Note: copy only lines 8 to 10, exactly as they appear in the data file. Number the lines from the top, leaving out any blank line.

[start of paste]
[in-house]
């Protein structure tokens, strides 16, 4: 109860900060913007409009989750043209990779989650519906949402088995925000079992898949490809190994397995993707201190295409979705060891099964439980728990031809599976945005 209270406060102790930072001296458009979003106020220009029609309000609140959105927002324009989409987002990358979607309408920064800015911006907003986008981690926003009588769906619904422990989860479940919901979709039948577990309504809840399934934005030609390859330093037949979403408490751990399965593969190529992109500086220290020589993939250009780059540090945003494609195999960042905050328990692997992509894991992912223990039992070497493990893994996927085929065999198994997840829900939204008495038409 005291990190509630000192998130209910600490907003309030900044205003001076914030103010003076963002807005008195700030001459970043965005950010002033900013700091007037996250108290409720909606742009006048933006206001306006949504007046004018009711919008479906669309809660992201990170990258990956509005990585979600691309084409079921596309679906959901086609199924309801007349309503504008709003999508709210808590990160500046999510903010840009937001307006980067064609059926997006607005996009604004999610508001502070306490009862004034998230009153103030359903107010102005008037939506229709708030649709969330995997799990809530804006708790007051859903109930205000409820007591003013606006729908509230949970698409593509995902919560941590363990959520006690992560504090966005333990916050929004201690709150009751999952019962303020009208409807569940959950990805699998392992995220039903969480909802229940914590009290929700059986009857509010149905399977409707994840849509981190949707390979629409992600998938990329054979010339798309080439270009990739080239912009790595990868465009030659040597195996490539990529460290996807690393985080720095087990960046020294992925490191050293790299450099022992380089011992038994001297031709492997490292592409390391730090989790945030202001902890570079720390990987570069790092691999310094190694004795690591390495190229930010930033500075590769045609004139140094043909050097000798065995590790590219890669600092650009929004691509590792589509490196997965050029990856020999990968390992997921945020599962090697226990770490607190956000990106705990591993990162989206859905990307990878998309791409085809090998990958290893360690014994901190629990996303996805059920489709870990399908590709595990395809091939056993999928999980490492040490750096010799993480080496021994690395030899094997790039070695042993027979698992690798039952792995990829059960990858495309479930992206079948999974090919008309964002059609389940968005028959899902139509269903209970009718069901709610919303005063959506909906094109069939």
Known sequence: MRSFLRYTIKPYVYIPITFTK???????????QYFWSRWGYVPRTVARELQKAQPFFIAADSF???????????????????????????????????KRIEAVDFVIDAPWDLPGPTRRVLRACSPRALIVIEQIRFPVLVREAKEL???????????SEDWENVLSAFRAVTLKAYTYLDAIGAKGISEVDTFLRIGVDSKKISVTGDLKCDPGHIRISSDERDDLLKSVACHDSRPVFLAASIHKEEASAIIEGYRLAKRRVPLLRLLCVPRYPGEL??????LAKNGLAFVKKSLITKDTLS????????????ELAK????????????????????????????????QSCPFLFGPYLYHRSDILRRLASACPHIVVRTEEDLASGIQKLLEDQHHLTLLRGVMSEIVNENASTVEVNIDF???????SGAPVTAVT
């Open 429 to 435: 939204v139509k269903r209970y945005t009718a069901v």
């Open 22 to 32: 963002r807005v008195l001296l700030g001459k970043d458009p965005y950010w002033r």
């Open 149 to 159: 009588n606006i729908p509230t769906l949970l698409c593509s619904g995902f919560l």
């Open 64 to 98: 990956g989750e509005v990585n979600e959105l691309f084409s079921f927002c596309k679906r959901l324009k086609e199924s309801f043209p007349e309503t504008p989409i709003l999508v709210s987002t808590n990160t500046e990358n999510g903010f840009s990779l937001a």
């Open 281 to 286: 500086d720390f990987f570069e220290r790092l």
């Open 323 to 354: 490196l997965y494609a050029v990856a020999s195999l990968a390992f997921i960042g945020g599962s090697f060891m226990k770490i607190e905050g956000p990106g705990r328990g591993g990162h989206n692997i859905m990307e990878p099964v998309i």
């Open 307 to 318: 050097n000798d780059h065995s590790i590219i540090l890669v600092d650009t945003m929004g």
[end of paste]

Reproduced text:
């Open 281 to 286: 500086d720390f990987f570069e220290r790092l």
């Open 323 to 354: 490196l997965y494609a050029v990856a020999s195999l990968a390992f997921i960042g945020g599962s090697f060891m226990k770490i607190e905050g956000p990106g705990r328990g591993g990162h989206n692997i859905m990307e990878p099964v998309i």
């Open 307 to 318: 050097n000798d780059h065995s590790i590219i540090l890669v600092d650009t945003m929004g």